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Spouses Relocate Too

A 2013 survey done by LearnVest and Chase Blueprint® tells us that 60 percent of American families believe that a dual income is necessary in order to afford their desired lifestyle. Fifty-nine percent of millennial women believe that living together with their significant other is a legitimate lifestyle and that raising a family in such lifestyle, even without marriage, is perfectly suitable. What does this mean for relocation? It means that companies need to start paying more attention to their spousal assistance benefits.

I recently found out that my boyfriend, Matt, whom I have lived with for the past three years, was offered an amazing job opportunity in Florida through his current employer. We discussed our options for a couple months before we decided to make the move together. While this was incredible in every way for Matt, I feared I would have to leave my job here at XONEX and start from scratch in a new state with no connections.

You can take the girl out of the relocation industry but you can’t take the relocation industry out of the girl. I immediately asked about what spousal assistance his company was offering. “But we aren’t married, I doubt they will offer anything,” was Matt’s response.

Based on the statistics outlined above, and the increasing percentage of Millennials in the workplace, companies who don’t offer assistance to live in partners, regardless of marital status, should really examine and refine their relocation packages.

Trailing spouse no longer translates to only a wife or husband. A couple living together, sharing expenses and a life together should be included in whatever benefits a company offers. That being said, let’s get into the most important forms of spousal assistance and why companies benefit from offering them.

A transferee coming from a dual income family will be concerned about their spouse or significant other’s ability to find a meaningful job in the new location. This concern will impact their capacity to do meaningful work themselves. The stress of a relocation coupled with helping their family to Spouses Relocate Tooadjust to a new city, a new school, and a new job search will take away from their individual productivity. In fact, the majority of failed relocations are due to spousal dissatisfaction.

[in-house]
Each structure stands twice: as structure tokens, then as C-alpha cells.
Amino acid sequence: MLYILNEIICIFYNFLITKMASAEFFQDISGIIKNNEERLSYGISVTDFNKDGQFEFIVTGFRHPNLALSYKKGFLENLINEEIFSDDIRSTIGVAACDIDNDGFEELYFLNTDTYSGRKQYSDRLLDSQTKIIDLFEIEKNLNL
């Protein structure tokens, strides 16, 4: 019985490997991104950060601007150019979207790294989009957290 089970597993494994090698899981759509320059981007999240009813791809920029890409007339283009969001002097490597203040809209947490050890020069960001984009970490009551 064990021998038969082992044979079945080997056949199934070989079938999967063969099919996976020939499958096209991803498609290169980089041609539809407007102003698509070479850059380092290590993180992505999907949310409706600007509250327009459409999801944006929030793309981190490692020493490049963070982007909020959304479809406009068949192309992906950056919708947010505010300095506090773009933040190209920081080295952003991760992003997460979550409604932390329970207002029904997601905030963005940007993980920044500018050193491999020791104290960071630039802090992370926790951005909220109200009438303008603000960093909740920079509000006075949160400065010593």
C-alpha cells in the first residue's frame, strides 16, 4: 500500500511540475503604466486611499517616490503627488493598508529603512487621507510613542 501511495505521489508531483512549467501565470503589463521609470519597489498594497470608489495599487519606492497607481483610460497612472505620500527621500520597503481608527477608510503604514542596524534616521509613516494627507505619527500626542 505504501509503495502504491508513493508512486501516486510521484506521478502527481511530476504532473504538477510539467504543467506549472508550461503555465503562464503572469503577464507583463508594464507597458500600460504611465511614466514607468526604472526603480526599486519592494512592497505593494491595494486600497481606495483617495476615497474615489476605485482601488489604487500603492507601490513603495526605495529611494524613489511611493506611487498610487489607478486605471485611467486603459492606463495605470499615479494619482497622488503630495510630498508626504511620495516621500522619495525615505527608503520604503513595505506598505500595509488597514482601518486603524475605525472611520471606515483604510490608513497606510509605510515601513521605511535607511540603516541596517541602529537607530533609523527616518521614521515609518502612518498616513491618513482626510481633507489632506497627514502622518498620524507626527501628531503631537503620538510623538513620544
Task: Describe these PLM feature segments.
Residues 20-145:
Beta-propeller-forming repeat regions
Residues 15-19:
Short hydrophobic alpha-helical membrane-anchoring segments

Spousal assistance benefits should consider skill set and geographic location. Benefits can range from mapping out career options to employer research, resume writing, and creating an online presence. Depending on company budget, other options include interview coaching and on-going career counseling provided by a third party.

When looking over spend and making adjustments to your relocation budget, it may seem easy to cut back or eliminate spousal employment assistance, but this is a bad move. With one of the main reasons for failed relocations being spousal dissatisfaction (especially with international moves), it is not an area that should be taken lightly.

As it turns out, I will continue working with XONEX after the move as a remote employee. Looks like you can’t take the girl out of the relocation industry after all! However, had I not been so fortunate, the relocation package offered to Matt did in fact recognize our living arrangement as valid and acceptable for spousal assistance. In today’s workforce, it’s important to consider the many different living arrangements that are now commonplace. Dual income, non-married couples should receive the same assistance that a married couple would in terms of assistance. Remember, the most important part of a relocation is ensuring the success of your transferee.

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MIKE CANNING
VP, Client Services

RICK CALANNI
VP of Business Development Northeast Region

 

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